What factors influence the relationship between emotion regulation strategies and the bipolar spectrum?

Alyson Dodd*, Abigail Harrop

*Corresponding author for this work

Research output: Contribution to journalMeeting Abstractpeer-review


Theory suggests that appraisals of internal experiences that place personally significant meaning on current affect are central to mood dysregulation. Those vulnerable to mood dysregulation have mul-tiple, conflicting appraisals of both highs and lows. For example, positive emotion and high activation could be interpreted positively, with excessive expectations of goal attainment. The same state could also be appraised as indicating a loss of control. Low mood and energy may be seen as safety from losing control, while also being appraised as a sign of impending failure. The nature of the appraisal will then prompt emotion regulation strategies that either upregu-late or downregulate the current affective state. While rumination in response to low mood prolongs it, risk-taking in response to low mood could lead to escalating high mood. Similarly, tendencies to upregulate positive affect, such amplifying and impulsive respond-ing, may be counterproductive given the risk of mania, while height-ened tendencies to dampen positive affect are linked to depression.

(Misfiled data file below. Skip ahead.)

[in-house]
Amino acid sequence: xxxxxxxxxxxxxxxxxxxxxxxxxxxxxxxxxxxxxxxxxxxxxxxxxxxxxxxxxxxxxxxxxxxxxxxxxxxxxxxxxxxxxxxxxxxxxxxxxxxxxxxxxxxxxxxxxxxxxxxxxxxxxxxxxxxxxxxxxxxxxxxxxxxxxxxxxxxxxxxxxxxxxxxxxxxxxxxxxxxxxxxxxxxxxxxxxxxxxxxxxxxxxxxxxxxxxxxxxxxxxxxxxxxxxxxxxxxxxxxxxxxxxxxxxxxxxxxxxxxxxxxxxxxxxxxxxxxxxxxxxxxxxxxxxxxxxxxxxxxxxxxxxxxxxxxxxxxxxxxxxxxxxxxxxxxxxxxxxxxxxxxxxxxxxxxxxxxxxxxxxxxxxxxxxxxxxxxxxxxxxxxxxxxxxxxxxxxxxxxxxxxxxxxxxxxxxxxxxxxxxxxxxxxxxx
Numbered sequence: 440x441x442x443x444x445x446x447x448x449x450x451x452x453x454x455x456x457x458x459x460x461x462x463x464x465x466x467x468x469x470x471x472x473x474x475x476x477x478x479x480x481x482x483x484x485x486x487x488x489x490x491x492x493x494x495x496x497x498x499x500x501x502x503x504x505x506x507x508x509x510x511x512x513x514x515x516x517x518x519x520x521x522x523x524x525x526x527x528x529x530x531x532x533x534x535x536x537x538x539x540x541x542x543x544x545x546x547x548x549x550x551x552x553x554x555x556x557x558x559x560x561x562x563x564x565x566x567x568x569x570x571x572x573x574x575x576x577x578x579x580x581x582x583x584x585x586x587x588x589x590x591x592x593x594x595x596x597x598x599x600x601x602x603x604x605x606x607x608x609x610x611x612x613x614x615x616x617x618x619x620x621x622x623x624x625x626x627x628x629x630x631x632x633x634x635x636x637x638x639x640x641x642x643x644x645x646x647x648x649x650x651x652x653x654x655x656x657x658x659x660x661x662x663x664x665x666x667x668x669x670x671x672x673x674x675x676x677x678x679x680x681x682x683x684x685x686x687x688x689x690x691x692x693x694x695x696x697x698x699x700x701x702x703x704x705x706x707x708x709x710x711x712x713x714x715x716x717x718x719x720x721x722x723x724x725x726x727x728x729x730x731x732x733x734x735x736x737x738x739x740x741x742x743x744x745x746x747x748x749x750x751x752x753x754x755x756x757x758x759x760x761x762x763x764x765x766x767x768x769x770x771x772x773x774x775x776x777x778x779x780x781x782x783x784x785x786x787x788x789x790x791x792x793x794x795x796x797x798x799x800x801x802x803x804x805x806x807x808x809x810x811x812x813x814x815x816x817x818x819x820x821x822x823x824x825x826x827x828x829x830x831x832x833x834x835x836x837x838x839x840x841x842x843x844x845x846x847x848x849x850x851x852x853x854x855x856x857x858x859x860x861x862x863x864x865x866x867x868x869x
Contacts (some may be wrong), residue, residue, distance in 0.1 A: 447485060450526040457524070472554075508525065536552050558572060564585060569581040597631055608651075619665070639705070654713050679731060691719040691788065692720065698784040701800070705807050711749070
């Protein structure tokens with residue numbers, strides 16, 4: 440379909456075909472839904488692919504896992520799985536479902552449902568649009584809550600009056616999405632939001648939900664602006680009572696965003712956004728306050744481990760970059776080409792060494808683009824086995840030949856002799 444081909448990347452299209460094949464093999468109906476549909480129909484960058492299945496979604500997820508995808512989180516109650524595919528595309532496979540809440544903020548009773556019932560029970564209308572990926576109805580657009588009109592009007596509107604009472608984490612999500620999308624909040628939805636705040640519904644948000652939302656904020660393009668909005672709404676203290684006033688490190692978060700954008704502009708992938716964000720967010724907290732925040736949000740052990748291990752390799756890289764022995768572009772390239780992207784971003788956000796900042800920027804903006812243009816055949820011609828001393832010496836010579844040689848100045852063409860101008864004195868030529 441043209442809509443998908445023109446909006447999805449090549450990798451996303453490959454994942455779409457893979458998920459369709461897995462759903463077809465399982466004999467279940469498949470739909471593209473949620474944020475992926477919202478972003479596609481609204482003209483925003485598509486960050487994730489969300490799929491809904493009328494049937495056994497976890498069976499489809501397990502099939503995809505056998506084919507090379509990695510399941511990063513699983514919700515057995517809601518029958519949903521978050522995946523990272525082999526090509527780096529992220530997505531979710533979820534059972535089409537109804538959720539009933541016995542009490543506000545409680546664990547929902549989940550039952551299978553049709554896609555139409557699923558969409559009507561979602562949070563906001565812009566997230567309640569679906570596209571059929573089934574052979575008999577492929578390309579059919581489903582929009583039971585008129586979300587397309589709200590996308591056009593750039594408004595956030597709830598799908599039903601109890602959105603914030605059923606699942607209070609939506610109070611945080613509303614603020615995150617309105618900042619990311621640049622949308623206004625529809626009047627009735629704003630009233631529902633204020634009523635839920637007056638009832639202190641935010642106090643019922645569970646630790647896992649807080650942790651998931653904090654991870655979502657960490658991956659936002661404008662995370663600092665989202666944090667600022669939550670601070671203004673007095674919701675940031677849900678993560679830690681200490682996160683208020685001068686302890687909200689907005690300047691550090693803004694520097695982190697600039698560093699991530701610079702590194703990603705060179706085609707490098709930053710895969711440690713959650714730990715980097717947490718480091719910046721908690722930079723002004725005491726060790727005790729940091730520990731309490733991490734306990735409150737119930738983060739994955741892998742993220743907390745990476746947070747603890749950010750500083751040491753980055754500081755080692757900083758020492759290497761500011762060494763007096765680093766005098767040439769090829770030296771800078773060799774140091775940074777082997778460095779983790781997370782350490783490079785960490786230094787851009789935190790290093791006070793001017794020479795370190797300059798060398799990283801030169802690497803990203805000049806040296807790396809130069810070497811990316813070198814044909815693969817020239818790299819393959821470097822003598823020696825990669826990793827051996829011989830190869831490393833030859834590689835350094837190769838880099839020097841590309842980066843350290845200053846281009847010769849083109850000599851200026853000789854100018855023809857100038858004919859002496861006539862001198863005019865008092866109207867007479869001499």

Research demonstrates that unhelpful strategies that upregulate and downregulate both positive and negative affective states are important across the bipolar spectrum. The question of what factors influence this push and pull of affective states and attempts to regulate them remains unanswered. This talk will discuss why understanding moderators and mediators of the association between emotion regulation and bipolar dis-order is important for developing effective psychological interventions that can be personalised to individual beliefs and circumstances, in light of novel data, and the most up-to-date theory, research and practice.
Original languageEnglish
Article numberSY7.3
Pages (from-to)17-17
Number of pages17
JournalBipolar Disorders
Issue numberS1
Early online date1 Jul 2022
Publication statusPublished - 1 Jul 2022
Event2022 ISBD Experience: International Society for Bipolar Disorders - Virtual, United States
Duration: 10 Jun 202212 Jun 2022

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